On power supply specifications & ratings...
Lots of users have questions about selecting a DC power supply for use with a MIDI decoder or encoder, or any electronics project.
Voltage and current are very fundamental concepts in electronics...if you don't have a really solid understanding of what these words mean, you will save yourself all kinds of headaches by taking a few minutes to learn.
Google & Wikipedia can help a lot. Plus, here's a thread with some links to beginner's electronics info:
Voltage is a measure of the "eagerness" of electrons to flow from one point to another. Current is a measure of how many electrons are flowing through a wire or other object.
Now for the power supply discussion:
A DC power supply has 2 or 3 basic output specs:
Output voltage: This is the voltage across the output terminals when the supply is "on". In theory, this number is constant at all times, but in "real life" there will be some variation from the specification based on manufacturing tolerances and what exactly is connected to the output. "Wall wart" supplies in particular will vary a lot from the "nominal" output voltage. It never hurts to get a voltmeter and measure the output of your supply in various operating states (open circuit, various loads).
Output current: This spec is the maximum current that should be allowed to flow from one output terminal to the other.
How much current flows from the supply (current draw) depends on what load is connected. If a load draws 100mA of current, and the power supply is rated for a maximum current of 500mA, there should be no problem.
If a load draws 1A (1000mA) of current from a supply that is rated for a maximum of 500mA, what happens? If it is a poorly designed supply, it might melt or catch on fire. A better supply will blow a fuse or shut down before something catastrophic happens. Also, the output voltage of a supply might drop as a result of overloading.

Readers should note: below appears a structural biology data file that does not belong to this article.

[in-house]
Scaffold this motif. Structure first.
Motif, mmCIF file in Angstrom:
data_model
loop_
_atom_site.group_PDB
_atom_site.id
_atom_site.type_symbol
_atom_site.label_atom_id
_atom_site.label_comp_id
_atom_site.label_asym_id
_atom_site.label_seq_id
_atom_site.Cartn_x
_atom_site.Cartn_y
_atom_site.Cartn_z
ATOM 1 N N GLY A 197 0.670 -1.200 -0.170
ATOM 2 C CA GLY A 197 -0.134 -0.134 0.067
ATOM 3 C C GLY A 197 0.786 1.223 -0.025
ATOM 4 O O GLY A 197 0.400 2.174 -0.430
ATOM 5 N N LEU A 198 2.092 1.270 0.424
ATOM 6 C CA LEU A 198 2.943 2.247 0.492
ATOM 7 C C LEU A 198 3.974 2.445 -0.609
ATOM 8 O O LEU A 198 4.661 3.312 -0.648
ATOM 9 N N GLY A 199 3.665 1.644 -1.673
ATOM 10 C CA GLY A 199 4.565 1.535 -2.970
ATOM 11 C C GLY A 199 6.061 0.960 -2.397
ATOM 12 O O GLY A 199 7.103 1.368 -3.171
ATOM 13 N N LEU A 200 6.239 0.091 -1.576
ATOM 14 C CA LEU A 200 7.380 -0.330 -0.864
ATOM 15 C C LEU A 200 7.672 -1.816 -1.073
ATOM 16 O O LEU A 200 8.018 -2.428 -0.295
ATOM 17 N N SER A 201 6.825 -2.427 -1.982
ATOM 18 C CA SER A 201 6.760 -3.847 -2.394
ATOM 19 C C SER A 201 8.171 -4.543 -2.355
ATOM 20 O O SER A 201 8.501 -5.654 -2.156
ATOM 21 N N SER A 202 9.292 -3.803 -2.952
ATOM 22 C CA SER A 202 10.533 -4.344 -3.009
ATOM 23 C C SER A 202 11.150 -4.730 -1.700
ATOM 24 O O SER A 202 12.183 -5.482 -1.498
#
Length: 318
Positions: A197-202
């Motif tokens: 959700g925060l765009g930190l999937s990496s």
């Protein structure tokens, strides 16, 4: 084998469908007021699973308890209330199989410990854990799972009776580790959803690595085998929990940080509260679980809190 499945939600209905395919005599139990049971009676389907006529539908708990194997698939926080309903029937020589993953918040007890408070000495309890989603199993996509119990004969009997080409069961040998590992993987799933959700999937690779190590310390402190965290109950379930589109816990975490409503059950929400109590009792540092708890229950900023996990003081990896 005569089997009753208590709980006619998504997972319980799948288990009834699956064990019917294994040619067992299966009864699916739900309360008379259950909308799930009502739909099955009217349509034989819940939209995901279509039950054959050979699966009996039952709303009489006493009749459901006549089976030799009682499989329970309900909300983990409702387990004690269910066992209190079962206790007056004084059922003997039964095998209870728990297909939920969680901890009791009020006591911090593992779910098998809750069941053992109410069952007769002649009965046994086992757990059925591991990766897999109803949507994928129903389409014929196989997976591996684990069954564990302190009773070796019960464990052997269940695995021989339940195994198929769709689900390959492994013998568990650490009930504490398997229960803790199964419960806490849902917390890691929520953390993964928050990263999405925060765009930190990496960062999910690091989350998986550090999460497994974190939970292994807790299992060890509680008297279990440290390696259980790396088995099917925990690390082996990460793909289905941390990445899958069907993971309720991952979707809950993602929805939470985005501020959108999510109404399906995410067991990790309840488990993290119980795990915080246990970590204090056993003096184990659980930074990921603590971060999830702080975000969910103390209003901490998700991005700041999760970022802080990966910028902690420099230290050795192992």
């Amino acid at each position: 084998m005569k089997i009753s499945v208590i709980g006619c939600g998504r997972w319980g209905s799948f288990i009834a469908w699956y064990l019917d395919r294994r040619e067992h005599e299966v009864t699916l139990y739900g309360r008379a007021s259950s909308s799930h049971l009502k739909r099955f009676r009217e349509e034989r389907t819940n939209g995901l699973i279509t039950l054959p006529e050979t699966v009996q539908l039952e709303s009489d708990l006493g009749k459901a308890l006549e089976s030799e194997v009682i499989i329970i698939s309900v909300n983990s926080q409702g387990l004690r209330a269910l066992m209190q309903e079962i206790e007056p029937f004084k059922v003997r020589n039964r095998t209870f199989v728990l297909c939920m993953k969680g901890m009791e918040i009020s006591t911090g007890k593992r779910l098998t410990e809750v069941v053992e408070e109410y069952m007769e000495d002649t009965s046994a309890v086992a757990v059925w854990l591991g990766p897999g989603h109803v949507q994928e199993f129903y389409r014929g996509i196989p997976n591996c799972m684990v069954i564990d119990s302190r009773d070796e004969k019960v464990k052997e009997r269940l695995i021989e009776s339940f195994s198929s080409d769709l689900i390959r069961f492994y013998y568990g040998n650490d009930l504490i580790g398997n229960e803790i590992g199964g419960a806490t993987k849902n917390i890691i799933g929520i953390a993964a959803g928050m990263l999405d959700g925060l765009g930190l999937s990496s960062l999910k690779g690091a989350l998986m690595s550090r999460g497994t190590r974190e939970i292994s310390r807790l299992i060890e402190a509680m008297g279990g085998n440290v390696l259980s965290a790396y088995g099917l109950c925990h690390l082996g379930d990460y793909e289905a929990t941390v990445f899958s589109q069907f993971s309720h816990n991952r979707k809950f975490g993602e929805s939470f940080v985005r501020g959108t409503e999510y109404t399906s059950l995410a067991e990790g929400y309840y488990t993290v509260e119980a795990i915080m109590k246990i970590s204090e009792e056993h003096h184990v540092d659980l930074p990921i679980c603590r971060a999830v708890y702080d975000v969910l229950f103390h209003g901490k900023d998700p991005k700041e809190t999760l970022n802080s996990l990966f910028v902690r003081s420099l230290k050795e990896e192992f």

What if we connect two 100mA loads in parallel to the same 500mA supply? 100mA + 100mA = 200mA. 200mA is still less than 500mA, so it's ok. But what if we connect six 100mA loads in parallel to the supply? 600mA > 500mA, so there's potential for an overload condition.
Lots of power supplies have some sort of overload protection...but it's a bad idea to blindly connect a load to a supply without calculating the current draw and comparing it to the supply current rating. Don't rely on the power supply safety features to cover for your carelessness.
Output power: Sometimes a supply manufacturer does not provide a current rating, but instead gives an output power rating. Another basic electronics concept is that power = voltage * current. So, if a supply has an output voltage of 12VDC and a power rating of 6W, we can calculate the maximum current draw from the supply: 6W / 12V = 0.5A or 500mA.
Current ratings for loads: Let's consider the example of powering the MIDI CPU. If you take a look at the MIDI CPU Rev K hardware manual, you'll see a power supply spec of 150mA. This means that the MIDI CPU is not expected to draw more than 150mA during normal operation. If you have a 500mA power supply, you can power 3 MIDI CPU units (150mA * 3 = 450mA, which is less than 500mA).
It should be noted that the MIDI CPU might also draw much less than 150mA, depending on the operating conditions. When the board is completely idle, it will only draw 10mA or so. The current draw will fluctuate as the MIDI CPU powers an LED, sends a MIDI message, etc. To find the exact current draw of the MIDI CPU in your application, you must measure it.
Last edited by John; 12-08-2010 at 05:13 PM.
|current, dc power supply, power, power supply selection, voltage, wall adapters, wall warts|
|Thread Tools||Search this Thread|